MDES W3541 Zionism: A Cultural Perspective

Call Number: 11787   Points: 3

Day/Time: MW 2:40pm-3:55pm   Location: 516 Hamilton

Instructor: Dan Miron


The course, based on Zionist texts of various kinds, will offer a view of Zionism as a cultural revolution aimed at redefining Judaism and the Jewish Identity.


CLME G6530 Dynamics of Israeli Culture

Call Number: 81784   Points: 3

Day/Time: T 9:00am-10:50am   Location: 201D Philosophy

Instructor: Dan Miron


Sh. Y. Agnon - the Early Work (1908-1931). This graduate seminar will focus on Agnon's search for his own literary voice against the background of the poetic options Hebrew prose fiction of the beginning of the twentieth-century offered. Agnon's "dialogues" with I.L Peretz, M.J. Berdichevsky, J.H. Brenner, U.N. Gnessin as well as his attitude toward contemporary European Realism, Impressionism, and Symbolism, will be explored. Among the texts which will be analyzed: Agunot, The Good Years, Nights, Miriam's Well, The Crooked Shall Be Made Straight, The Tale of the Scribe, The Banished One, In the Prime of her Life, Ovadia the Cripple, Poland, With Our Young and with Our Old, and The Bridal Canopy.

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PHIL V3910 Maimonides and Spinoza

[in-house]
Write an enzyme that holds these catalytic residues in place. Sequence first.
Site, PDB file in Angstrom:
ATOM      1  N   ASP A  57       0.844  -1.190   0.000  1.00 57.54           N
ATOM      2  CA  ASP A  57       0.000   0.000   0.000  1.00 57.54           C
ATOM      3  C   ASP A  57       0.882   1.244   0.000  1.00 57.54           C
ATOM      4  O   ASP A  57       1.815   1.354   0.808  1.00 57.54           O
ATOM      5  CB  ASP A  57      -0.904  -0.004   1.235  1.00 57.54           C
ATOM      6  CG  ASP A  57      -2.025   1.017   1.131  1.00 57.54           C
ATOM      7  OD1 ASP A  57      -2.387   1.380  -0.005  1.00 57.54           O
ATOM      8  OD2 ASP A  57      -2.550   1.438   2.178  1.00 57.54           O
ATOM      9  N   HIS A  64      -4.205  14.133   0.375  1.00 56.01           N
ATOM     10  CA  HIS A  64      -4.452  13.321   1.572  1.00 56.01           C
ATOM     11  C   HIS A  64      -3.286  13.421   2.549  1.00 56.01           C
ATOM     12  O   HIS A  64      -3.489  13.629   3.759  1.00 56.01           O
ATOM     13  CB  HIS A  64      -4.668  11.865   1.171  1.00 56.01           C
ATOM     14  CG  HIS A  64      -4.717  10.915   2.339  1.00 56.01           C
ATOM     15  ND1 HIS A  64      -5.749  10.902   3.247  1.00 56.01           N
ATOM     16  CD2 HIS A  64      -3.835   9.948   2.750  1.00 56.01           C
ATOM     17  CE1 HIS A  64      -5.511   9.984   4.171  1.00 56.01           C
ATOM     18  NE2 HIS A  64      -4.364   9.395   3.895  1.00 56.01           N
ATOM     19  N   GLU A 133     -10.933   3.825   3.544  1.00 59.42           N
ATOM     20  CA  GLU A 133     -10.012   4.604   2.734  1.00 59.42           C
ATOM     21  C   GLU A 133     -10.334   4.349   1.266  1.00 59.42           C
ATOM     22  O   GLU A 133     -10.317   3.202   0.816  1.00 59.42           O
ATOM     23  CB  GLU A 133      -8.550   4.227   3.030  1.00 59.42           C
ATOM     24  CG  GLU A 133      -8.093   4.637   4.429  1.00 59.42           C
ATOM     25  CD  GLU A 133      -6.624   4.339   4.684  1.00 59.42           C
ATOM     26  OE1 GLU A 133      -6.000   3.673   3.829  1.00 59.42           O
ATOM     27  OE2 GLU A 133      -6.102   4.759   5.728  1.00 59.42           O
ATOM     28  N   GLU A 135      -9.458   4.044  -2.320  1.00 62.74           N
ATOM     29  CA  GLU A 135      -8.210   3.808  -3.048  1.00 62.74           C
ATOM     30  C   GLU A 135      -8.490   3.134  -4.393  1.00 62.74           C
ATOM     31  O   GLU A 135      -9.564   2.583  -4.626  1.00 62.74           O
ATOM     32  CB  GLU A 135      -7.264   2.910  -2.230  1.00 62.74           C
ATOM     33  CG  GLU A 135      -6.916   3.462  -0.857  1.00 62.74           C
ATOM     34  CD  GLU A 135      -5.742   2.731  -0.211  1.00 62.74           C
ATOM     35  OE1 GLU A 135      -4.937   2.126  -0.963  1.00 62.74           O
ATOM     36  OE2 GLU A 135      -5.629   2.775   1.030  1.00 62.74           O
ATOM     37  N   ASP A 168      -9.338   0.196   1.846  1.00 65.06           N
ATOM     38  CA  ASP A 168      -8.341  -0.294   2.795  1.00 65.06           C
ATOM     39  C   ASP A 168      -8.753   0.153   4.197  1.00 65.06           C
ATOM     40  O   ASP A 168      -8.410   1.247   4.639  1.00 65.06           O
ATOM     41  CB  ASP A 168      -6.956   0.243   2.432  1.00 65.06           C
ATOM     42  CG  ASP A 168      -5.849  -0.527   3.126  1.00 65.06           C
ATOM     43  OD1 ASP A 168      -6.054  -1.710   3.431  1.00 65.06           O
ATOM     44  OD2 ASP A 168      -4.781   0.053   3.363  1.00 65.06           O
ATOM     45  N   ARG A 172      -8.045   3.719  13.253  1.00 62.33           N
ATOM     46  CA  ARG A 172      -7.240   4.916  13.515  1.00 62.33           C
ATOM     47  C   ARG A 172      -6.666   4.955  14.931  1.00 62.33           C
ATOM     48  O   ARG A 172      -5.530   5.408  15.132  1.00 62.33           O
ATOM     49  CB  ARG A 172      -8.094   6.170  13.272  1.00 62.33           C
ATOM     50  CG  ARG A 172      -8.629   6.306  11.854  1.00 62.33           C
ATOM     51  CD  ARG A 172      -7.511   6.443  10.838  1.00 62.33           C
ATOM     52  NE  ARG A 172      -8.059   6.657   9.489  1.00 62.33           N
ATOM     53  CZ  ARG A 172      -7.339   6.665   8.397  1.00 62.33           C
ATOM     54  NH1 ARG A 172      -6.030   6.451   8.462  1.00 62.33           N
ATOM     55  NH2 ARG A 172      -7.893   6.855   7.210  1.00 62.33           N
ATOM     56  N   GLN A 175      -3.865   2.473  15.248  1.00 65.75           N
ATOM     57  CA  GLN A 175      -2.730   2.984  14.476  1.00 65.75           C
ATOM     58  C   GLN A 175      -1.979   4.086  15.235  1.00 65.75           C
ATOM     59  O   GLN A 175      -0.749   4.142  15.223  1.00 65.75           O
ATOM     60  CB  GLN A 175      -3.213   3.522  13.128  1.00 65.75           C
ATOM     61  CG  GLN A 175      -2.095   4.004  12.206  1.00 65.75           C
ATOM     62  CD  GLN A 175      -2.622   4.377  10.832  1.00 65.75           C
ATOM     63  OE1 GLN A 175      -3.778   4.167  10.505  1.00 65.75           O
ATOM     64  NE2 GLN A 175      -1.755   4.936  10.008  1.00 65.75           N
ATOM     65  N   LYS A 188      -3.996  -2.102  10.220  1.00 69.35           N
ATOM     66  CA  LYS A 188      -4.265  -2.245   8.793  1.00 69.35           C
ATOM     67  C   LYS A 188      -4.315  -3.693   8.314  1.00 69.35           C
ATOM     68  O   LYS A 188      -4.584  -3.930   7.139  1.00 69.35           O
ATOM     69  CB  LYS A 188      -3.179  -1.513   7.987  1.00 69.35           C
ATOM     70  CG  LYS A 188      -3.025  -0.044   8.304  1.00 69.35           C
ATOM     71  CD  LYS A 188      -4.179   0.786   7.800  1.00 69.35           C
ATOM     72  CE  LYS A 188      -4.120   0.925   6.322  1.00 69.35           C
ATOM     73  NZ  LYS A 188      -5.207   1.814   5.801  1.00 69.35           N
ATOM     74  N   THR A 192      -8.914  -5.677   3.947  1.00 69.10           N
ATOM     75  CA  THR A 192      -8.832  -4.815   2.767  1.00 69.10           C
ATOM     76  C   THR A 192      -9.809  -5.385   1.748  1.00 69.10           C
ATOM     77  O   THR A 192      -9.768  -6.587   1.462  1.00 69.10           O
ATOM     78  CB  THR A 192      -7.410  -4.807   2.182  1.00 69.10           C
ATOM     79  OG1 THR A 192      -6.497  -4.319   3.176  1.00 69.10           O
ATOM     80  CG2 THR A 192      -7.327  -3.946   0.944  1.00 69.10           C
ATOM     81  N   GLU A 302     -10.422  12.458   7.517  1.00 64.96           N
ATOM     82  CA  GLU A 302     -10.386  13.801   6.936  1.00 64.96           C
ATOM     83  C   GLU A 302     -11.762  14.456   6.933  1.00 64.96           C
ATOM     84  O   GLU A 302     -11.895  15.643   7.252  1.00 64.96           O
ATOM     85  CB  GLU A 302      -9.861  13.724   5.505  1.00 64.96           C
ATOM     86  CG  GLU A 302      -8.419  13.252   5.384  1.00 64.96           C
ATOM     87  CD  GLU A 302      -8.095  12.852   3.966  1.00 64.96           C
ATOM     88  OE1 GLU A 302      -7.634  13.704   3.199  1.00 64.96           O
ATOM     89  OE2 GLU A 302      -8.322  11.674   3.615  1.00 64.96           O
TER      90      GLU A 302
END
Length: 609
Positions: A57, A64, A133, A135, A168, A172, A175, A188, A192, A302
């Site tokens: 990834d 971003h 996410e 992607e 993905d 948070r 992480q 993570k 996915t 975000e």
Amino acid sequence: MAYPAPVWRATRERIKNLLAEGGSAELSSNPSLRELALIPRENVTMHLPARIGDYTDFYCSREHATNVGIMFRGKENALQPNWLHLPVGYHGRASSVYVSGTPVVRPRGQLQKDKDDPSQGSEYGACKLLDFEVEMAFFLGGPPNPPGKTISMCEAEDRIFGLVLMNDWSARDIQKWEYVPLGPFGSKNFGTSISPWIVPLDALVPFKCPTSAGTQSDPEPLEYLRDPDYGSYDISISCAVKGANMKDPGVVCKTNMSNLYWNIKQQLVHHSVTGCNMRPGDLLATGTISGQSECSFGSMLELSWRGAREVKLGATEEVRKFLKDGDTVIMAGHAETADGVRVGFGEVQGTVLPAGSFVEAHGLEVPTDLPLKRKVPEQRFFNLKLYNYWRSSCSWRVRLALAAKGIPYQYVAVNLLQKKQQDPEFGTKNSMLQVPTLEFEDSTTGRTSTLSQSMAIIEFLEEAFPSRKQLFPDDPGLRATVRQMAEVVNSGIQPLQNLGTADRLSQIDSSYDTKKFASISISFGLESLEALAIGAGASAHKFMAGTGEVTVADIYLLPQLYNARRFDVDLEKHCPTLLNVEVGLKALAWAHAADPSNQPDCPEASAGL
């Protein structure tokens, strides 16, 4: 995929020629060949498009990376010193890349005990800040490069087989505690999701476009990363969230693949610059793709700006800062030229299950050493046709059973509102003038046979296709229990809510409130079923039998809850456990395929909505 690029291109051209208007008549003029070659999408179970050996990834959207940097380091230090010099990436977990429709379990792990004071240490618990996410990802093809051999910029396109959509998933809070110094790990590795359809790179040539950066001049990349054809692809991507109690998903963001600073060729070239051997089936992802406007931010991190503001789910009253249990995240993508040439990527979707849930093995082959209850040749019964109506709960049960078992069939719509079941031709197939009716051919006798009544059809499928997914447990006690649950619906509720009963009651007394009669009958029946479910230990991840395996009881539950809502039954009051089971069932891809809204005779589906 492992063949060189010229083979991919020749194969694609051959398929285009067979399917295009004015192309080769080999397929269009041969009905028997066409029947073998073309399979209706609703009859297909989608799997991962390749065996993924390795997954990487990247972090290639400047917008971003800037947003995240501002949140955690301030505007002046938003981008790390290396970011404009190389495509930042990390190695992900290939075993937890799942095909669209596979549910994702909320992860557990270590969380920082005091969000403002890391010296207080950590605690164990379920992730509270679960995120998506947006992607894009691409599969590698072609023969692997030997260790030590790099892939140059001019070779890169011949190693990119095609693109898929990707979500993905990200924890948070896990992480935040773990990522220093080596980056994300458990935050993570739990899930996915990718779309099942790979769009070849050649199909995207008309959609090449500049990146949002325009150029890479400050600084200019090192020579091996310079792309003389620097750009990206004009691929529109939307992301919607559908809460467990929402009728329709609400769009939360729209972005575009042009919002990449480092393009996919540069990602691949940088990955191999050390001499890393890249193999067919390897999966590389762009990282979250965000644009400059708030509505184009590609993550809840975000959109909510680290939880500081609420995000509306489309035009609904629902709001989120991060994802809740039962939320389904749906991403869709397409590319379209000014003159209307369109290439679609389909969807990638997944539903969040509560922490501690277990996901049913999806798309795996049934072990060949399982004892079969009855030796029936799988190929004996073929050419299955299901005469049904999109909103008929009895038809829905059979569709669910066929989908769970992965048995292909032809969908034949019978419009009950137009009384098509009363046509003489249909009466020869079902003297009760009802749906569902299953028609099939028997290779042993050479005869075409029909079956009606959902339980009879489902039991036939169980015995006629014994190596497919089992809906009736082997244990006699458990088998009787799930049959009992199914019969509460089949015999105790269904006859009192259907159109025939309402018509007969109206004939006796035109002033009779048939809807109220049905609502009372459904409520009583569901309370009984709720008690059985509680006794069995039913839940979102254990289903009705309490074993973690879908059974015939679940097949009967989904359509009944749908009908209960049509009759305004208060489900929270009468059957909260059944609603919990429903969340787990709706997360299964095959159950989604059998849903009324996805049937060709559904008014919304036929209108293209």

Call Number: 23384   Points: 3

Day/Time: M 11:00am-12:50pm   Location: 513 Fayerweather

Instructor: Zev Harvey


The Guide of the Perplexed, written in Arabic by Moses Maimonides (1138-1204), is the most influential book in medieval Jewish philosophy. It is a difficult but enchanting book, composed in the form of a puzzle. It had a formative influence on Baruch Spinoza (1632-1677), whose early reading in philosophy was in Jewish texts and who read the Guide in Hebrew translation. We shall read Maimonides’ Guide together with Spinoza’s Theological-Political Treatise and his Ethics, both written in Latin. Our focus will be on Spinoza’s use and criticism of Maimonidean themes. All texts will be read in English translation.


PHIL G4095 Medieval Hebrew Philosophic Texts

Call Number: 67002   Points: 3

Day/Time: M 4:10pm-6:00pm   Location: 513 Fayerweather

Instructor: Zev Harvey